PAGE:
Parliamentary systems typically do not term limits because you can have a mid-term election. Parliamentary systems are especially prone to incumbent arrogance and disappearance of trust.

Why has UPA2 become a totem for many Indians of the worst government India has ever had?

The other part of the problem is the Congress' inability to resolve organisational issues. The new, rising India is not willing to accept dynasties as a basis for rule.

Dynasties are fundamentally anti-modern.

The aspirations of the new urban India that does not have political pedigree -- the consciousness of that India has to be brought into political calculations now.

Rahul Gandhi did bring new people in Youth Congress and NSUI (the National Students Union of India), but he has been unable to reform the Congress.

The mainstream of the Congress party is still a relic of the old era.

I don't think populism has been the undoing of the Congress. The Congress was trying to become a party of social welfare because secularism -- the earlier ID -- had become weak.

So the Congress was trying to reinvent itself with a number of welfare schemes, some of which are necessary.

But corruption and arrogance on one hand along with the inability to rejuvenate the organisation are the bigger problems.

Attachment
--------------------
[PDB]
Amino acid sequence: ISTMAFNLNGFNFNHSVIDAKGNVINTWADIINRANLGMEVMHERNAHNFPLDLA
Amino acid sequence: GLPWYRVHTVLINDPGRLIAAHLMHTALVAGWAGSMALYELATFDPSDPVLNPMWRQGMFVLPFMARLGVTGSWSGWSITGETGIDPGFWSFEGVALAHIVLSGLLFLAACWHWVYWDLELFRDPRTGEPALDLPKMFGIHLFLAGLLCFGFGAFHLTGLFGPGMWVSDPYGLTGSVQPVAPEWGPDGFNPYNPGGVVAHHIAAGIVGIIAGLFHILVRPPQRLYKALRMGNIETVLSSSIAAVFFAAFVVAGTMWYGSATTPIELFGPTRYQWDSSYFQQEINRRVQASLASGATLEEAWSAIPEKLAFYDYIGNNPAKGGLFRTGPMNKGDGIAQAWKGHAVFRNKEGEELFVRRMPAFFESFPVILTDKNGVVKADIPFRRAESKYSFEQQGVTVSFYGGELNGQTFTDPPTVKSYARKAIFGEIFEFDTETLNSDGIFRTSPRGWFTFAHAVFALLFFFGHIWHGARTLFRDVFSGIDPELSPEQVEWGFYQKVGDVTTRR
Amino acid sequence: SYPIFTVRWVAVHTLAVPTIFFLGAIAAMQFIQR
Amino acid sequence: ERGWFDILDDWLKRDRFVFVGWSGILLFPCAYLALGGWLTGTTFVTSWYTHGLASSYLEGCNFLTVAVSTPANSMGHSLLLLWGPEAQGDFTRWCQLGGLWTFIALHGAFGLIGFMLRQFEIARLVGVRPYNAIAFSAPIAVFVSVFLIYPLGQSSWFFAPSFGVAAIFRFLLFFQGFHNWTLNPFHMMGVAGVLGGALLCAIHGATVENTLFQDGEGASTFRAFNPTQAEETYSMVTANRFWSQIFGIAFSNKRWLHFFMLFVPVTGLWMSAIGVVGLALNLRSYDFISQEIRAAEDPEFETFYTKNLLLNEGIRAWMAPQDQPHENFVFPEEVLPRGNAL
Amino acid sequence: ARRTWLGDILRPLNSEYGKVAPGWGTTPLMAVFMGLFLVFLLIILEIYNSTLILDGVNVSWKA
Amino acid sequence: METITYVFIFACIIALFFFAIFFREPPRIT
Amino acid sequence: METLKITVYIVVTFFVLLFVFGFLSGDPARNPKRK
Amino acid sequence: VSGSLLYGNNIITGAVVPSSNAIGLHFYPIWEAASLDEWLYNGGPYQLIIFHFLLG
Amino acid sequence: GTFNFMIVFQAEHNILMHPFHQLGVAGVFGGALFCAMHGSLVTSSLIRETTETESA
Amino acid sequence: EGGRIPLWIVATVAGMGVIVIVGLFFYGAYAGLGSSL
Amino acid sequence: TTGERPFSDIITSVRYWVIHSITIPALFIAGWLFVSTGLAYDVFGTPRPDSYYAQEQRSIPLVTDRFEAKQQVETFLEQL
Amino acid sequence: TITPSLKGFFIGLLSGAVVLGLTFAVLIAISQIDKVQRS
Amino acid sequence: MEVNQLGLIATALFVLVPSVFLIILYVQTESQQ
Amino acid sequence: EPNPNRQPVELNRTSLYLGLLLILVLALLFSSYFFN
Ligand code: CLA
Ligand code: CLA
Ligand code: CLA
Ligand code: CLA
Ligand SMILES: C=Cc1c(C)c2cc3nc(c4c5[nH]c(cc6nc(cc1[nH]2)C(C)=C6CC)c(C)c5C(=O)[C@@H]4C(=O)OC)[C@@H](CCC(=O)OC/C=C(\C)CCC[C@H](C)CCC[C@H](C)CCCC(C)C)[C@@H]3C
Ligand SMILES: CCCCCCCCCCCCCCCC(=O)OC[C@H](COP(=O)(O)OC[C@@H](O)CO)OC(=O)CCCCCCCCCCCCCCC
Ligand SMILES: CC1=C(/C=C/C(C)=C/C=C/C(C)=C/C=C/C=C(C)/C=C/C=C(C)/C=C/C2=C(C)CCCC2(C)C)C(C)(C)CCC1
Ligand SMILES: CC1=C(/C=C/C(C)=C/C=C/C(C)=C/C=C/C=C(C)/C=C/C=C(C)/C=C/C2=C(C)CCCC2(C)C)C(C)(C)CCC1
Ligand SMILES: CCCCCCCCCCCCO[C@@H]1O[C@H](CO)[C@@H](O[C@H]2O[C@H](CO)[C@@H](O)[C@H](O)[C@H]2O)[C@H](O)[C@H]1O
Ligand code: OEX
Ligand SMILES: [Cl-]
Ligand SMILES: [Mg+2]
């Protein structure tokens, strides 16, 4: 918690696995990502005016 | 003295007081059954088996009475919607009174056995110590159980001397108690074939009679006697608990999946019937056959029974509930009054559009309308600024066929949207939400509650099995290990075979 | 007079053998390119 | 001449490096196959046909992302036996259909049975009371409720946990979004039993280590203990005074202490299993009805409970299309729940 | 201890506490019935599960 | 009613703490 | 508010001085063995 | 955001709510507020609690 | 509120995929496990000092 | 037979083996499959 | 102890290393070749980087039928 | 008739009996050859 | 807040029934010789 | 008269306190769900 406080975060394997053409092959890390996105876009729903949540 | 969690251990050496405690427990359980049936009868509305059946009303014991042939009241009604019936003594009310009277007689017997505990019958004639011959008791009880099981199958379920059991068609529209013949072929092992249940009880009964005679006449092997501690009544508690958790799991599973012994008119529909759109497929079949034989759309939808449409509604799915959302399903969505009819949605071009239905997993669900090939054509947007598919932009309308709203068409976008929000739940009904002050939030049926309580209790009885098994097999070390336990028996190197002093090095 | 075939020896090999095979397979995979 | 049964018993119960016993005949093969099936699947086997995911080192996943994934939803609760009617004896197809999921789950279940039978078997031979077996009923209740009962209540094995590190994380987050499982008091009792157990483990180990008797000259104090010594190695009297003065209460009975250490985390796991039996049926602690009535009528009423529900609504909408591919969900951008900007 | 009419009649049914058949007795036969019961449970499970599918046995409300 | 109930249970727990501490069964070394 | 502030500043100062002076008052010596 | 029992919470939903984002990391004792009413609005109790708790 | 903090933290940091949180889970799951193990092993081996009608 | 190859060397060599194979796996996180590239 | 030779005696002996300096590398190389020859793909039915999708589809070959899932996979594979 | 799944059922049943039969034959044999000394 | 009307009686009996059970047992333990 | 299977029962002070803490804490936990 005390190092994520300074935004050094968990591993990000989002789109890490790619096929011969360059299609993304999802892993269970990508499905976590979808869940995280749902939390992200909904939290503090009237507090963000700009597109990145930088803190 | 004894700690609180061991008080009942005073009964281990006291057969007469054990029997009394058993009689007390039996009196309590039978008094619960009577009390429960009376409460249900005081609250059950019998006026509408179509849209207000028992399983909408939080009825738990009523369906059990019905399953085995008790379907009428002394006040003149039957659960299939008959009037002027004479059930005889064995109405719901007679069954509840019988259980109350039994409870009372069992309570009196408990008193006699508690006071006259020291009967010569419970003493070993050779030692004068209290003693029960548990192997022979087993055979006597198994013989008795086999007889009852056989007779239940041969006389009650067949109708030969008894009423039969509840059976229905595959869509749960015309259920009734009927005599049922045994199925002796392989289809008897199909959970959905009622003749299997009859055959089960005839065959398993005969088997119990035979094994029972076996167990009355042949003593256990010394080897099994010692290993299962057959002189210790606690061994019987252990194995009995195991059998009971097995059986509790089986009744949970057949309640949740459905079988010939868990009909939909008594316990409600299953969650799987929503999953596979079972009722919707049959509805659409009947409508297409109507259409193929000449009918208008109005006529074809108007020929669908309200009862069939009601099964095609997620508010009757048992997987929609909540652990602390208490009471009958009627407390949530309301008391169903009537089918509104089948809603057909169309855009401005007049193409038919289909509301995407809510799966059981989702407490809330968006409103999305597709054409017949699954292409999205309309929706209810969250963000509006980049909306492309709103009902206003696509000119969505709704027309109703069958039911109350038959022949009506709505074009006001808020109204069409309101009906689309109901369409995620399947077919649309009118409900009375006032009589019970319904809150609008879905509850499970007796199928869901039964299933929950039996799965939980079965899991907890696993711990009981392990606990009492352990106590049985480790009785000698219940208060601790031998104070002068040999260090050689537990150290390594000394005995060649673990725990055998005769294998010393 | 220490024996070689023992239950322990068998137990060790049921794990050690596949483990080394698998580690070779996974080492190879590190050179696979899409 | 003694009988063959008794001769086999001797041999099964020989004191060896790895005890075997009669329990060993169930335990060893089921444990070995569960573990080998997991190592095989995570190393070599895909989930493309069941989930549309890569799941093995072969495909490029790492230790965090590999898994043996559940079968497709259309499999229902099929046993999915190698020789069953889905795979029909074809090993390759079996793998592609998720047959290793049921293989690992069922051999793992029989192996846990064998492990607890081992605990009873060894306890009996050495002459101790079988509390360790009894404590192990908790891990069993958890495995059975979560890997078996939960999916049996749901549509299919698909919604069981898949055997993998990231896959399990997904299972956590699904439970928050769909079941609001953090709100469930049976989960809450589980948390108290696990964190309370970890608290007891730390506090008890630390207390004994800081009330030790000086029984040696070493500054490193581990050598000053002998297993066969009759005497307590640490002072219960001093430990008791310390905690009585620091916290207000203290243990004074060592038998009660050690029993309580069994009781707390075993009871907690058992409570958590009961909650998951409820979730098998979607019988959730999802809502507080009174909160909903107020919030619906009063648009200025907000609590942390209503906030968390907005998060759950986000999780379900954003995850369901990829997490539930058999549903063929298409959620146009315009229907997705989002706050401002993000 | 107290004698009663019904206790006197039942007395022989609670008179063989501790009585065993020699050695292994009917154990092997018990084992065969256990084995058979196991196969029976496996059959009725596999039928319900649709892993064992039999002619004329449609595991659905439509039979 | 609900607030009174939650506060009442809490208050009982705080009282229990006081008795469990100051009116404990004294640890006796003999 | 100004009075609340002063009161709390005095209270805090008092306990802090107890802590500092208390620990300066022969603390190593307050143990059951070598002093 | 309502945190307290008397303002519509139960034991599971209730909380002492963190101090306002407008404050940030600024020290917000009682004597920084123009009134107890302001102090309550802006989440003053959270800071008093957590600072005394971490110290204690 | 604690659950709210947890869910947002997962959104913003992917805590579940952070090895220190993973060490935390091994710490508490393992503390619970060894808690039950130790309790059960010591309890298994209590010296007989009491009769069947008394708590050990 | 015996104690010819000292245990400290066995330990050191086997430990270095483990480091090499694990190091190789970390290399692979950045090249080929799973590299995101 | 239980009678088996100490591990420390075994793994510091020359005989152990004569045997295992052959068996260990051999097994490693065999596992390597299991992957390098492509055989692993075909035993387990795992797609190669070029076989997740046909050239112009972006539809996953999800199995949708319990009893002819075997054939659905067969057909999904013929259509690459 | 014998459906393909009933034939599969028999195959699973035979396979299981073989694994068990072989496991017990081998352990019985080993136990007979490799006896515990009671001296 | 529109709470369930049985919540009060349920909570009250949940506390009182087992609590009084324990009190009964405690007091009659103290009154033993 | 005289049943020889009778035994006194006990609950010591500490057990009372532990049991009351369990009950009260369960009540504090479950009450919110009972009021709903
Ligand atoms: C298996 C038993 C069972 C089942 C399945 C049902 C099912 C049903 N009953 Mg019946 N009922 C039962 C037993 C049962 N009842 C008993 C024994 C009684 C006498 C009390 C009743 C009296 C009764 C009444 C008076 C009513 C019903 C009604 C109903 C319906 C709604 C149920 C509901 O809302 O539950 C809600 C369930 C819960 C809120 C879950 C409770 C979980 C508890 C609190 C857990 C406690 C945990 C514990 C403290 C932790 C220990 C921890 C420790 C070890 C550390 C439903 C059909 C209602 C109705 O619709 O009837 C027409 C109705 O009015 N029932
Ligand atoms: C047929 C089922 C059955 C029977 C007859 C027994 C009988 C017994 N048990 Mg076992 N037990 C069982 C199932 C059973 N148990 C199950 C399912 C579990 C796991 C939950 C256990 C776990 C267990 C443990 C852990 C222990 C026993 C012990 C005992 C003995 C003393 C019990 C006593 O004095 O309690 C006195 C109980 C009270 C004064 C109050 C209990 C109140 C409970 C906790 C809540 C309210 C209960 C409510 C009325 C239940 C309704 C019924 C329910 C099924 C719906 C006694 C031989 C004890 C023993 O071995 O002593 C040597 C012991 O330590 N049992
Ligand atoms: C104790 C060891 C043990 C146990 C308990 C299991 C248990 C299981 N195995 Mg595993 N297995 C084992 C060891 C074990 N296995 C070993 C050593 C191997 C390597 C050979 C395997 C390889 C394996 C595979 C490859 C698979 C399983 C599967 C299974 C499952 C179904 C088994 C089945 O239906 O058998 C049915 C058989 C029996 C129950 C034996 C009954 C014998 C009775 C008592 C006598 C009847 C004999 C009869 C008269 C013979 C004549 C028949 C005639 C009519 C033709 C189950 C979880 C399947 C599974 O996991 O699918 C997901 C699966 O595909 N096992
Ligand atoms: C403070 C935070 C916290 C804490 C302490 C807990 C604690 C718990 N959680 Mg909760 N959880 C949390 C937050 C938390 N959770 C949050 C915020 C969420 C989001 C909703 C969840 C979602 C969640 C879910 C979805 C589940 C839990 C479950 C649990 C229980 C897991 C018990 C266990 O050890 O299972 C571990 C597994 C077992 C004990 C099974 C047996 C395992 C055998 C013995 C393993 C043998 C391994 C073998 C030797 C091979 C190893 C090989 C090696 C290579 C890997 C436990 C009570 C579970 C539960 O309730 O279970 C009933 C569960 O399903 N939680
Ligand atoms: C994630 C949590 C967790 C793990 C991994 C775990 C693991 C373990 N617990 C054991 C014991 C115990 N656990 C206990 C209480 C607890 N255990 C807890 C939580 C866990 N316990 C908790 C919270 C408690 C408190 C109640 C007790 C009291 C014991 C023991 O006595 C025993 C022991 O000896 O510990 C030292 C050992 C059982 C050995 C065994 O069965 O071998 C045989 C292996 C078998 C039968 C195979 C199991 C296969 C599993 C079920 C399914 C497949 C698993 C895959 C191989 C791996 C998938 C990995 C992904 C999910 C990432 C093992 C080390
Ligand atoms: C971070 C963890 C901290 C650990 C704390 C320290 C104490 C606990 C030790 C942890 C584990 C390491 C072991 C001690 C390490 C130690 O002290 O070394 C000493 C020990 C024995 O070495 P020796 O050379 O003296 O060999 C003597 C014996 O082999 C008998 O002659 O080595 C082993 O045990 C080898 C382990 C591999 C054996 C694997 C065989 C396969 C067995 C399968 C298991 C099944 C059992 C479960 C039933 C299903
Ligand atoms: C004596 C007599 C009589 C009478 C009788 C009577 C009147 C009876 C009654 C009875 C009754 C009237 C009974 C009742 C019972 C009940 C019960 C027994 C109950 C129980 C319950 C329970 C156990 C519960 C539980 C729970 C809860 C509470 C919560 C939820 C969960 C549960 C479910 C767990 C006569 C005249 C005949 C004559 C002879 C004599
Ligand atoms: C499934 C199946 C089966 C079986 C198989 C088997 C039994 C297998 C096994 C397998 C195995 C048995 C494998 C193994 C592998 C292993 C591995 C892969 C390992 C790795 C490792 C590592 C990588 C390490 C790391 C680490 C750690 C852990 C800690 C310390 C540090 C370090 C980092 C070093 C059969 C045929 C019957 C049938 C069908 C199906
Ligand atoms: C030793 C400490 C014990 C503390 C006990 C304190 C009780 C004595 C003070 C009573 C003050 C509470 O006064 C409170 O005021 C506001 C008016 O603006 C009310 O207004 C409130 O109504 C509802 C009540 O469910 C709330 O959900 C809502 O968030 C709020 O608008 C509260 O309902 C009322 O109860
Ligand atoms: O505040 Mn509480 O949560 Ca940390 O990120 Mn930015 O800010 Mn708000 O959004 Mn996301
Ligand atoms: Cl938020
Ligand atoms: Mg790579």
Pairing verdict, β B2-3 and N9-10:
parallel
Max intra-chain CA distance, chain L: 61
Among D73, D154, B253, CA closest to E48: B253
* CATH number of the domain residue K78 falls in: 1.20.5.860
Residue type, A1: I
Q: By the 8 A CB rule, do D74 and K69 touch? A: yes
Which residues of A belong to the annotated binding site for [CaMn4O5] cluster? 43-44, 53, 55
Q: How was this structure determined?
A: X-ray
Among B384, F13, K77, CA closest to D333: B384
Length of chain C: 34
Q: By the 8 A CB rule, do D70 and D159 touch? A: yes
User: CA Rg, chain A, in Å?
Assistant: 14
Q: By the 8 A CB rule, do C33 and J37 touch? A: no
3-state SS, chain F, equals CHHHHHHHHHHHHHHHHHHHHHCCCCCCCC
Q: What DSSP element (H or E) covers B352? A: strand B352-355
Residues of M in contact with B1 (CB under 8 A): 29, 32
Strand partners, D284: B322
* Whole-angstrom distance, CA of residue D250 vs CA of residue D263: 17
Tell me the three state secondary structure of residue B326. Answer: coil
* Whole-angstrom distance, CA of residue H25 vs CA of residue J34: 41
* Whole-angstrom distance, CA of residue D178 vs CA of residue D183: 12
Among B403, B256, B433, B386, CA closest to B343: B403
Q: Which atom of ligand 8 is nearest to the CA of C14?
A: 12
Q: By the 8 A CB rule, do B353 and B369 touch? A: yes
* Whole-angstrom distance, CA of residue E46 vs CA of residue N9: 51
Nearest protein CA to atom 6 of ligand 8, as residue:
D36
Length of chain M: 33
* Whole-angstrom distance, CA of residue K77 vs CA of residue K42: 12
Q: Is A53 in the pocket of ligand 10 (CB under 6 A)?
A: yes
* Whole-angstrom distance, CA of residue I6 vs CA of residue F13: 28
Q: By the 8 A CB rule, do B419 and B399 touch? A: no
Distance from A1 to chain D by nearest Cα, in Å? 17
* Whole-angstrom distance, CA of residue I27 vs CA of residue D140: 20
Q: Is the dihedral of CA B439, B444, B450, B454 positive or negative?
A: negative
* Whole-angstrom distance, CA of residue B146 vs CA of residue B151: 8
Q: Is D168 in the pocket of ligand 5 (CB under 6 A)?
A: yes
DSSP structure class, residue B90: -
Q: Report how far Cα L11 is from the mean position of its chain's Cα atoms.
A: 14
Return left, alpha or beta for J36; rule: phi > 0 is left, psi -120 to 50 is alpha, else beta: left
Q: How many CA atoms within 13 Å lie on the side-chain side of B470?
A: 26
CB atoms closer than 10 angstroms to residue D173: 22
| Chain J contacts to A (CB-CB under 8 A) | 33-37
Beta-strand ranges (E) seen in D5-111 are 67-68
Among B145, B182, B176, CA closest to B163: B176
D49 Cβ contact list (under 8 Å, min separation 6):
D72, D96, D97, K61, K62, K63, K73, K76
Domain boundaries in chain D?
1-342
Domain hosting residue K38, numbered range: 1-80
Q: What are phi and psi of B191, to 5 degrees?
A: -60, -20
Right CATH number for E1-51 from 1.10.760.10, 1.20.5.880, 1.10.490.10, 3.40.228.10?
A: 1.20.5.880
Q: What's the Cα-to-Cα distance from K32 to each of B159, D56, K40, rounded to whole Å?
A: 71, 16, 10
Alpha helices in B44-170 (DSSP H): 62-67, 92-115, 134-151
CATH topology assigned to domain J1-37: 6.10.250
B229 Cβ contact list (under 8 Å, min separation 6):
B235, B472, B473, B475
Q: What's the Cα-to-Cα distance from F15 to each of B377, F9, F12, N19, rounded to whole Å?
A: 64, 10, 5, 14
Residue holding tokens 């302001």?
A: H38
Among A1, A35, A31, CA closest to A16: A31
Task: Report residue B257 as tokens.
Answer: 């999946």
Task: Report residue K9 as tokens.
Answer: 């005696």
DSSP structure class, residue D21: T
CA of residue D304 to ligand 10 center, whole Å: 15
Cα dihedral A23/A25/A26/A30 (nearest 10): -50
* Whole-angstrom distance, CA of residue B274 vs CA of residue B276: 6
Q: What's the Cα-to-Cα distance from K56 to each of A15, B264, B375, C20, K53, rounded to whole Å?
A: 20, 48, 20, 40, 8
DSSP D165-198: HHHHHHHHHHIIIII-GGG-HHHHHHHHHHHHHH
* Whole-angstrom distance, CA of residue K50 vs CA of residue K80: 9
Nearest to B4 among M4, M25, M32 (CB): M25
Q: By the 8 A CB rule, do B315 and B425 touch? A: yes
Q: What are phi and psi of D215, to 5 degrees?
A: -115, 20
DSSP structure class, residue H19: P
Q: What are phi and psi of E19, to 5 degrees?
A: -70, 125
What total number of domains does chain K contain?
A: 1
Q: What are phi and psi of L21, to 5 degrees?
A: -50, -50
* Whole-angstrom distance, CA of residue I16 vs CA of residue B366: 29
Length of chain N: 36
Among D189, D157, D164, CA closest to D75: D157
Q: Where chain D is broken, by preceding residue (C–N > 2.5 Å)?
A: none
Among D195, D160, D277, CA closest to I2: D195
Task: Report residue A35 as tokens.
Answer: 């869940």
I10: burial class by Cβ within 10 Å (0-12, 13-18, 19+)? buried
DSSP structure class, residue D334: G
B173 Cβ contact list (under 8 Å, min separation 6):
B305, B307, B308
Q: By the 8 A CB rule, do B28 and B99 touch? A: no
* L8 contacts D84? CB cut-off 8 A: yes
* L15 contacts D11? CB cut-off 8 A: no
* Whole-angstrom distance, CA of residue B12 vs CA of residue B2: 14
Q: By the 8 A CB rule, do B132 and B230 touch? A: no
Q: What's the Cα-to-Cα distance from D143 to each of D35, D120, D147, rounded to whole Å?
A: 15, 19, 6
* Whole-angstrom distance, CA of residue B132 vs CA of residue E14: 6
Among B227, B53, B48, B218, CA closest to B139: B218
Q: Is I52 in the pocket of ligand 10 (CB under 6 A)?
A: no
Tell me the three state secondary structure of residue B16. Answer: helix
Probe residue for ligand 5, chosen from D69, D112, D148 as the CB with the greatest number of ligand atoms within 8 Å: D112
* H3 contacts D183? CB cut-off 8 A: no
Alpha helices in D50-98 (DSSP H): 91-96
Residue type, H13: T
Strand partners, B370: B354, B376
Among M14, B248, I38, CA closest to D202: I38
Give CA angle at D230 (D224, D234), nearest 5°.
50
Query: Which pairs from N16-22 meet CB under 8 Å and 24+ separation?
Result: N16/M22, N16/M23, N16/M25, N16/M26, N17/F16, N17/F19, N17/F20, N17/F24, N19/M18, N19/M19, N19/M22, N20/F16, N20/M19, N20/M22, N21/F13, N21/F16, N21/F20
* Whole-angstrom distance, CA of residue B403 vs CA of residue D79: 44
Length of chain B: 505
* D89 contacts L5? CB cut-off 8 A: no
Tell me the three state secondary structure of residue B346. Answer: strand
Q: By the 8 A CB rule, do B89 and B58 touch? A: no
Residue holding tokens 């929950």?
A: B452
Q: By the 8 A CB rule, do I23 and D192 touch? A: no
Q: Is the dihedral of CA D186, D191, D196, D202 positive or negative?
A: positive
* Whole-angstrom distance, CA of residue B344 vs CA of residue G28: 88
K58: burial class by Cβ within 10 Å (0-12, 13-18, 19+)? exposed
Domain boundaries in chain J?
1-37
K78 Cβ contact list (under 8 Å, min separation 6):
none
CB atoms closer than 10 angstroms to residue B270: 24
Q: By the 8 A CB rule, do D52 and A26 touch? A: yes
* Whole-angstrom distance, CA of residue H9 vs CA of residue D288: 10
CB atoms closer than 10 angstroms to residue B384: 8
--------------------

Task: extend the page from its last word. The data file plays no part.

Nothing has hurt the Congress more than the inability to handle Robert Vadra, symbolically speaking.

When Robert Vadra was attacked by the AAP (the Aam Aaadmi Party), so many people were offended that the Congress party came out in his defence.

What does Robert Vadra have to do with the party? Unless the party is the property of the family.

Couldn't the party have distanced itself from that? This shows the abject dependence of the party on the family today.

If only those close to the family rise, then it is the end of a modern party. This is a way to undo a modern party, not build one.

You write in your book Battles Half Won, India's Improbable Democracy that India's democratic success is primarily a consequence of politics. Leaders and parties made democracy. In a country so disillusioned by politicians -- don't you think the Indian people can argue that their present leaders have failed our democracy?

In the initial years, leaders stabilised Indian democracy.

The two leaders that towered over the political landscape were Gandhi, Nehru and the teams around them.

Politics made the Indian nation.